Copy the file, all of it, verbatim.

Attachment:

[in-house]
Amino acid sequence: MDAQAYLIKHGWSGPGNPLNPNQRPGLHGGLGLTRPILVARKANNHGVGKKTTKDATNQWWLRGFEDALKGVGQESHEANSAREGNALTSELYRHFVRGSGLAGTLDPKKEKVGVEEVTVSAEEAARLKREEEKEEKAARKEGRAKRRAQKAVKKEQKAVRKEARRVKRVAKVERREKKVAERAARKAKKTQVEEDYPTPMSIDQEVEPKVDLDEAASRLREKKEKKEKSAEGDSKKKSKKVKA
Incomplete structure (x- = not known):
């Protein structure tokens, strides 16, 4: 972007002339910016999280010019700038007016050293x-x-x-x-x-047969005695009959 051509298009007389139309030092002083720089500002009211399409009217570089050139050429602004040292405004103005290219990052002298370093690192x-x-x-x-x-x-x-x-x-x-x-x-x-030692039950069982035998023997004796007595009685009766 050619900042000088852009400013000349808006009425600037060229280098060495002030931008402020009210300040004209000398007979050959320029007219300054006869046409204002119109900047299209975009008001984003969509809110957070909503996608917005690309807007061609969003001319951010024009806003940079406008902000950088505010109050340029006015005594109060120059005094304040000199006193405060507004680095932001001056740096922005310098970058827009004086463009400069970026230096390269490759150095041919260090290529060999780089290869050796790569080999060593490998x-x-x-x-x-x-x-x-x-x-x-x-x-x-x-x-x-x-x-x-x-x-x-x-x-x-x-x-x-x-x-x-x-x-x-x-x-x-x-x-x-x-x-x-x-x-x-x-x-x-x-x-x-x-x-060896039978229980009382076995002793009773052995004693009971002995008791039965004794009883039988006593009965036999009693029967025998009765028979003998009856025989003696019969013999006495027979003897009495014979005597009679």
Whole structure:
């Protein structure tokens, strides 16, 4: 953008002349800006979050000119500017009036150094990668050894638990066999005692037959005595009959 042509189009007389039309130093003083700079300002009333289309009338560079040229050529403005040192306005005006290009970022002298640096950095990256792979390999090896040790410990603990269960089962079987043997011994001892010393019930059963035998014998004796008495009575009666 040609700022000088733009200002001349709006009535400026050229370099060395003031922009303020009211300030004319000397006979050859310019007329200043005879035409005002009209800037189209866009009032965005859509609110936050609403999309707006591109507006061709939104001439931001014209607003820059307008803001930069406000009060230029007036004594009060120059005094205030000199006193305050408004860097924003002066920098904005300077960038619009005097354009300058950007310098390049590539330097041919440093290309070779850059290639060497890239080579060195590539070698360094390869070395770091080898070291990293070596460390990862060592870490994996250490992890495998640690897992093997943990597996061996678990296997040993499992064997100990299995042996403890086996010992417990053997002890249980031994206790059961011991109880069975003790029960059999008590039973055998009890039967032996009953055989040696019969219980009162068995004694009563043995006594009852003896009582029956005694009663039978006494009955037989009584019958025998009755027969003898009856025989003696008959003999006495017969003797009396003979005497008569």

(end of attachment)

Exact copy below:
[in-house]
Amino acid sequence: MDAQAYLIKHGWSGPGNPLNPNQRPGLHGGLGLTRPILVARKANNHGVGKKTTKDATNQWWLRGFEDALKGVGQESHEANSAREGNALTSELYRHFVRGSGLAGTLDPKKEKVGVEEVTVSAEEAARLKREEEKEEKAARKEGRAKRRAQKAVKKEQKAVRKEARRVKRVAKVERREKKVAERAARKAKKTQVEEDYPTPMSIDQEVEPKVDLDEAASRLREKKEKKEKSAEGDSKKKSKKVKA
Incomplete structure (x- = not known):
């Protein structure tokens, strides 16, 4: 972007002339910016999280010019700038007016050293x-x-x-x-x-047969005695009959 051509298009007389139309030092002083720089500002009211399409009217570089050139050429602004040292405004103005290219990052002298370093690192x-x-x-x-x-x-x-x-x-x-x-x-x-030692039950069982035998023997004796007595009685009766 050619900042000088852009400013000349808006009425600037060229280098060495002030931008402020009210300040004209000398007979050959320029007219300054006869046409204002119109900047299209975009008001984003969509809110957070909503996608917005690309807007061609969003001319951010024009806003940079406008902000950088505010109050340029006015005594109060120059005094304040000199006193405060507004680095932001001056740096922005310098970058827009004086463009400069970026230096390269490759150095041919260090290529060999780089290869050796790569080999060593490998x-x-x-x-x-x-x-x-x-x-x-x-x-x-x-x-x-x-x-x-x-x-x-x-x-x-x-x-x-x-x-x-x-x-x-x-x-x-x-x-x-x-x-x-x-x-x-x-x-x-x-x-x-x-x-060896039978229980009382076995002793009773052995004693009971002995008791039965004794009883039988006593009965036999009693029967025998009765028979003998009856025989003696019969013999006495027979003897009495014979005597009679």
Whole structure:
């Protein structure tokens, strides 16, 4: 953008002349800006979050000119500017009036150094990668050894638990066999005692037959005595009959 042509189009007389039309130093003083700079300002009333289309009338560079040229050529403005040192306005005006290009970022002298640096950095990256792979390999090896040790410990603990269960089962079987043997011994001892010393019930059963035998014998004796008495009575009666 040609700022000088733009200002001349709006009535400026050229370099060395003031922009303020009211300030004319000397006979050859310019007329200043005879035409005002009209800037189209866009009032965005859509609110936050609403999309707006591109507006061709939104001439931001014209607003820059307008803001930069406000009060230029007036004594009060120059005094205030000199006193305050408004860097924003002066920098904005300077960038619009005097354009300058950007310098390049590539330097041919440093290309070779850059290639060497890239080579060195590539070698360094390869070395770091080898070291990293070596460390990862060592870490994996250490992890495998640690897992093997943990597996061996678990296997040993499992064997100990299995042996403890086996010992417990053997002890249980031994206790059961011991109880069975003790029960059999008590039973055998009890039967032996009953055989040696019969219980009162068995004694009563043995006594009852003896009582029956005694009663039978006494009955037989009584019958025998009755027969003898009856025989003696008959003999006495017969003797009396003979005497008569």